And I'm sure everyone has their reasons. They just never told me.
When building frontends to Ethereum, you might find yourself using ethers.js without really appreciating why you need it. So, in the name of appreciation, let's not need it.
Talking To Nodes
One of ethers main gigs is to play translator for our conversations with nodes. A node is a running instance of some blockchain client. A client is an implementation of the protocol that runs the chain. All nodes on the chain should store all the data we're interested in, and the rules by which it may be updated. That is, apparently, the whole point.
- on-chain data + on-chain API = decentralized protocol = sweet sweet programmable disintermediated cooperation
To interface with decentralized protocols, we have to interface with some node. And to interface with some node, we have to speak ETH JSON-RPC.
JSON-RPC is transport agnostic, but all the cool popular nodes support HTTP. You may, though probably won't, have reliable access to some node at some reliable URL. For those of us that don't, there are node service providers.
You can send these URLs HTTP POST requests with valid ETH JSON-RPC request bodies, trust they forward those requests to an Ethereum node, and trust they forward an unmodified response back to you. Decentralization!
And say what?
Any valid ETH JSON-RPC request. For example, to ask for our balance:
We specify the method name, eth_getBalance, along with two parameters:
- address: a hex-encoded address
- block: a hex-encoded block number, or block tag (earliest, latest, or pending)
The response will look something like this:
And like a good little engineer, we’ll write a getBalance function for our ethers-allergic app:
Note the result 0x0de0b6b3a7640000 doesn't exactly look like a number. It is, like most inputs/outputs in the ETH JSON-RPC, a hex-encoded unsigned integer. To get at the real balance, we can:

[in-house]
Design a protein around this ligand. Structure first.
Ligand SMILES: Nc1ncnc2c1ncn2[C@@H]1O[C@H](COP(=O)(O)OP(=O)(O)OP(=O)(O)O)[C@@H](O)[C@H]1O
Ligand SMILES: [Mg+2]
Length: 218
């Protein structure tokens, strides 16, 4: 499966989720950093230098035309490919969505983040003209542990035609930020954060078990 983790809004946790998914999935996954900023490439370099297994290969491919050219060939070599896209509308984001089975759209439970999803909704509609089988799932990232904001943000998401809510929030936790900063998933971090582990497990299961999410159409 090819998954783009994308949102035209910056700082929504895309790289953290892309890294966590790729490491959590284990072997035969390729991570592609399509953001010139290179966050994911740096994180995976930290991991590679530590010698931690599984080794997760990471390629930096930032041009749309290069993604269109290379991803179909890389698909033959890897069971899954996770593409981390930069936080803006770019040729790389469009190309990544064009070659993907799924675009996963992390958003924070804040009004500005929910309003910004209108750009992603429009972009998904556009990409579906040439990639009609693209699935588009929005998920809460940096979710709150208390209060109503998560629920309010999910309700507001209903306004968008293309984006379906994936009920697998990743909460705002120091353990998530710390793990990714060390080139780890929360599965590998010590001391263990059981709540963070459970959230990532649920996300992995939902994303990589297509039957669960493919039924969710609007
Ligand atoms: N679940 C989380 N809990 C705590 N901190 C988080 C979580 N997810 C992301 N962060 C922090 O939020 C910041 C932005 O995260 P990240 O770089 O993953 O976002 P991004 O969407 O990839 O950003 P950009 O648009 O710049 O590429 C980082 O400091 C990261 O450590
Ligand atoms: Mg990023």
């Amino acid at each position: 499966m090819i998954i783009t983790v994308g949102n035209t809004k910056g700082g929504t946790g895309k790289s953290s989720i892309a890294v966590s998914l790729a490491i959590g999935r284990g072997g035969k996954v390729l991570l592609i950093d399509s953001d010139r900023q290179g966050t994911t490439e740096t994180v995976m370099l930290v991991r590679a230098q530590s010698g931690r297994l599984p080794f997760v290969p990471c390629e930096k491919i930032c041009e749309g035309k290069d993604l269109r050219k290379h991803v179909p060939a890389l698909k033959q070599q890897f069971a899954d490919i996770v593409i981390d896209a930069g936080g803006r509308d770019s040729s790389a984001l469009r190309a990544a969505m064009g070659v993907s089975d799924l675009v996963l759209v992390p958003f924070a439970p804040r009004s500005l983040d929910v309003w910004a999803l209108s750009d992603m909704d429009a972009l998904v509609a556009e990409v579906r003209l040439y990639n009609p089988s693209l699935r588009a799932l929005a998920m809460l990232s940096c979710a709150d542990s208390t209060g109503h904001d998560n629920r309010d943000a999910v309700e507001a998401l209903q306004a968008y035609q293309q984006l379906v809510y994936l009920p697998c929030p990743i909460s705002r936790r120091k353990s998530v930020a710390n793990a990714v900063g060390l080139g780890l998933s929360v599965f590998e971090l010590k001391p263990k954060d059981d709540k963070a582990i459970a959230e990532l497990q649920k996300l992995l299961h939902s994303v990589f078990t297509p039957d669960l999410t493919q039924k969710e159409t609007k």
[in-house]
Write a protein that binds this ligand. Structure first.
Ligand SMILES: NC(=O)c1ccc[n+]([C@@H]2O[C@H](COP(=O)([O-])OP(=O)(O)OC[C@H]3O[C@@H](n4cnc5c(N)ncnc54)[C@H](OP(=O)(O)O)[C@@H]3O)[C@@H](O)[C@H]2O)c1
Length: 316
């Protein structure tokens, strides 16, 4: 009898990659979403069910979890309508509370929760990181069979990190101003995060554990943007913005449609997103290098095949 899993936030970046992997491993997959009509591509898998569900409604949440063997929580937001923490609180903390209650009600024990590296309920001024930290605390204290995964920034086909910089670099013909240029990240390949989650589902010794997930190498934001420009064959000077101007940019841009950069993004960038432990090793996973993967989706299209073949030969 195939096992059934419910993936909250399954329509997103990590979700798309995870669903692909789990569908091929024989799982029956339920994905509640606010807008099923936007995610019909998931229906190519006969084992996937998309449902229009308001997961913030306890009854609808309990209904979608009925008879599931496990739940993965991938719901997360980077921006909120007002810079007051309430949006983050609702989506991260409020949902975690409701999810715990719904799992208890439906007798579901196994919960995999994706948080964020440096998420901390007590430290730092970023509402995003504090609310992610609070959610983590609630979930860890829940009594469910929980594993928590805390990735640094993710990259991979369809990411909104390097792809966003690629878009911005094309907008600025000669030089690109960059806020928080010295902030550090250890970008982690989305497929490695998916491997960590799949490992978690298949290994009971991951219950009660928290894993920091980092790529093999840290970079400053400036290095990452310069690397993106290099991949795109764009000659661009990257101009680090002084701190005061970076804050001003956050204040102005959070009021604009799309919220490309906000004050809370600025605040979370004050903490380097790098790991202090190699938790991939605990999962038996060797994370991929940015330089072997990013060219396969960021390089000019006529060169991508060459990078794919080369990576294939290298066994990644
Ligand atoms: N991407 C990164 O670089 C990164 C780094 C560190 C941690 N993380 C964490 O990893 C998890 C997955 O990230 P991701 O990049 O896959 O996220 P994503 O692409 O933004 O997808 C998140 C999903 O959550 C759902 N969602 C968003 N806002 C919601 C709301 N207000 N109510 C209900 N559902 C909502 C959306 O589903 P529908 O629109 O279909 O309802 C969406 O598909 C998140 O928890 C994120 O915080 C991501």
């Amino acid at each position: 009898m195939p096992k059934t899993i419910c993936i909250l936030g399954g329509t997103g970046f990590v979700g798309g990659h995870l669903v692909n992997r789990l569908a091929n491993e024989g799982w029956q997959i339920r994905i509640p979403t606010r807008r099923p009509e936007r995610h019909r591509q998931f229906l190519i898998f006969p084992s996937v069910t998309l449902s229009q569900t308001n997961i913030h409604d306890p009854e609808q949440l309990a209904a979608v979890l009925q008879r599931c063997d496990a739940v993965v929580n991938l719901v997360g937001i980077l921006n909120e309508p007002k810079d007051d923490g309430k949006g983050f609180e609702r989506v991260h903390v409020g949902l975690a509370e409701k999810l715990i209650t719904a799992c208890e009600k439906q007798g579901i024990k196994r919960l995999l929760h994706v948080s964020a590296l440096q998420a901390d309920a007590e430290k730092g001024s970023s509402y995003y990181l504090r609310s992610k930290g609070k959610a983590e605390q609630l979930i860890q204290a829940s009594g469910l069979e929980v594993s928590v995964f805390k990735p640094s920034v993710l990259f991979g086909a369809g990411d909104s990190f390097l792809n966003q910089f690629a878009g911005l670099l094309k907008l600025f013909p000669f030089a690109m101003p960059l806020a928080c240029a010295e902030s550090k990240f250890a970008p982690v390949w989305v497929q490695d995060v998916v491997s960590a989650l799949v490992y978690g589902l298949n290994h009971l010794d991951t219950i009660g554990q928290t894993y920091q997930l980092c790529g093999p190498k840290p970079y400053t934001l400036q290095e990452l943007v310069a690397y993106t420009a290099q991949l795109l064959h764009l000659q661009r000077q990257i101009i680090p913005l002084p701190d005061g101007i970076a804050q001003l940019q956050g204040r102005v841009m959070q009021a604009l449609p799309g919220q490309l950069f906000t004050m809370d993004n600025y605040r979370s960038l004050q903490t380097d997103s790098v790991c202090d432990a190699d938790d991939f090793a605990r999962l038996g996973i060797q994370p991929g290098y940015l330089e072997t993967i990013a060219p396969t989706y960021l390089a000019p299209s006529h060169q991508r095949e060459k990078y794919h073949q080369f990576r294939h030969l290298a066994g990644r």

Note that our balance looks slightly larger than 1. The integer representation of our balance is indeed 10^18, just not 10^18 Ether.
Math on-chain is still just math on some computer, so we still need to avoid the imprecision inherent to floating point arithmetic, especially when building financial tools. To address this, Ethereum and other EVM chains represent balances in "wei", where:
This allows math to stay in the realm of wei integers while representing precise decimal amounts of ether.
Okay, little annoying. But not too bad. We can just:
Talking to Decentralized Protocols
Okay, so we can ask for our balance. Fun, but not that fun. To build the UIs of the disintermediated global economy, we need more. We need to interface with decentralized protocols, or smart contracts.
ETH JSON-RPC is stateless and knows nothing of the APIs defined by the smart contracts for which it plays courier. Like how HTTP knows nothing of ETH JSON-RPC. To interact with smart contracts, we specify the actions to take as data within an ETH JSON-RPC request.
Take this AddX contract - shown implemented in solidity. Deployed on Rinkeby at 0x1b1b40ac6d0F20AF5CcCDD6B7636DdF31CF50605, initialized with x = 2.
Let's try the addX method. It's a view function, which means it doesn't update any contract state. Which means we can call it without signing a transaction. Which is great, because we don't know how to do that. We'll use eth_call.
eth_call - Executes a new message call immediately without creating a transaction on the block chain.
And specify a single parameter, with the following fields
- to: the address of the contract
- input: "input data", or "call data", whatever that means
Our request will look like this:
The result being:
An input of "0x36d3dc4b0000...0002" means call addX with the first (and only) parameter set to 2. If that isn't immediately obvious, maybe web3 just isn't for you.
So how do we get this input? Here's what I reverse engineered then later confirmed with the docs
So, putting it all together, we can make this great app that gets our balance and adds it to x - riveting!
- encoding dynamic inputs (like arrays)
- decoding struct responses
- signing transactions
- or handling events
Maybe we need ethers
Here's the same app, but with ether's help:
Yes, importing the contract factory does make this seem shorter than it really is. But that’s autogenerated, and therefore not a direct burden. And less code is the least of the benefits gained.
Just in this snippet, Ethers gives us:
- well-typed, human-readable Contract objects for interacting with smart contracts
- a BigNumber type + utilities for safely working with on-chain values
And, not shown:
- utilities for registering event listeners, with filters
- ability to manage wallet connections, and sign transactions on the user's behalf
- excellent docs
- ens support
- general cryptography utilities
- all these things are well-tested
So, in conclusion, thank you ricmoo for making my life much easier. I do need ethers.